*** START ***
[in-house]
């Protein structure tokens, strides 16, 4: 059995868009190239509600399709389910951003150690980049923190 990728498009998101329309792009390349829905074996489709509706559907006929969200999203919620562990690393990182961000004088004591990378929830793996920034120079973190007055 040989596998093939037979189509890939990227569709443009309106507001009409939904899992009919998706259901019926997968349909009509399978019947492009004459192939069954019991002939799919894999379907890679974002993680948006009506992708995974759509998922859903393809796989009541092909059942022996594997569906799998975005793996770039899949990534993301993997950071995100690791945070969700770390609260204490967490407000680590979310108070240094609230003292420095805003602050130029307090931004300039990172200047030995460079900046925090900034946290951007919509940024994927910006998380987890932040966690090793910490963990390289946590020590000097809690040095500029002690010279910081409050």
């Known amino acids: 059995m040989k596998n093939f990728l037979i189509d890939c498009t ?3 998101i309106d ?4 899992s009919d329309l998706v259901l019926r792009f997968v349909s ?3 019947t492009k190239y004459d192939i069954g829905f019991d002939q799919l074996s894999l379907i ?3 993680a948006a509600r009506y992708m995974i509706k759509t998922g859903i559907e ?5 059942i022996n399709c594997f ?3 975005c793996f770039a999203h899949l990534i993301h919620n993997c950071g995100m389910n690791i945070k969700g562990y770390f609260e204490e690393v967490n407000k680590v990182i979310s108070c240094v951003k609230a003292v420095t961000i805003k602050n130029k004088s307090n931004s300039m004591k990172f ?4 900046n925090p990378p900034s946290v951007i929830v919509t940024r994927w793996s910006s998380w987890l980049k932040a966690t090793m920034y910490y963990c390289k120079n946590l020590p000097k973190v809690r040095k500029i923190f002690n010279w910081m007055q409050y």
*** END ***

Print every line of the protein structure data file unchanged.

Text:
[in-house]
């Protein structure tokens, strides 16, 4: 059995868009190239509600399709389910951003150690980049923190 990728498009998101329309792009390349829905074996489709509706559907006929969200999203919620562990690393990182961000004088004591990378929830793996920034120079973190007055 040989596998093939037979189509890939990227569709443009309106507001009409939904899992009919998706259901019926997968349909009509399978019947492009004459192939069954019991002939799919894999379907890679974002993680948006009506992708995974759509998922859903393809796989009541092909059942022996594997569906799998975005793996770039899949990534993301993997950071995100690791945070969700770390609260204490967490407000680590979310108070240094609230003292420095805003602050130029307090931004300039990172200047030995460079900046925090900034946290951007919509940024994927910006998380987890932040966690090793910490963990390289946590020590000097809690040095500029002690010279910081409050």
């Known amino acids: 059995m040989k596998n093939f990728l037979i189509d890939c498009t ?3 998101i309106d ?4 899992s009919d329309l998706v259901l019926r792009f997968v349909s ?3 019947t492009k190239y004459d192939i069954g829905f019991d002939q799919l074996s894999l379907i ?3 993680a948006a509600r009506y992708m995974i509706k759509t998922g859903i559907e ?5 059942i022996n399709c594997f ?3 975005c793996f770039a999203h899949l990534i993301h919620n993997c950071g995100m389910n690791i945070k969700g562990y770390f609260e204490e690393v967490n407000k680590v990182i979310s108070c240094v951003k609230a003292v420095t961000i805003k602050n130029k004088s307090n931004s300039m004591k990172f ?4 900046n925090p990378p900034s946290v951007i929830v919509t940024r994927w793996s910006s998380w987890l980049k932040a966690t090793m920034y910490y963990c390289k120079n946590l020590p000097k973190v809690r040095k500029i923190f002690n010279w910081m007055q409050y």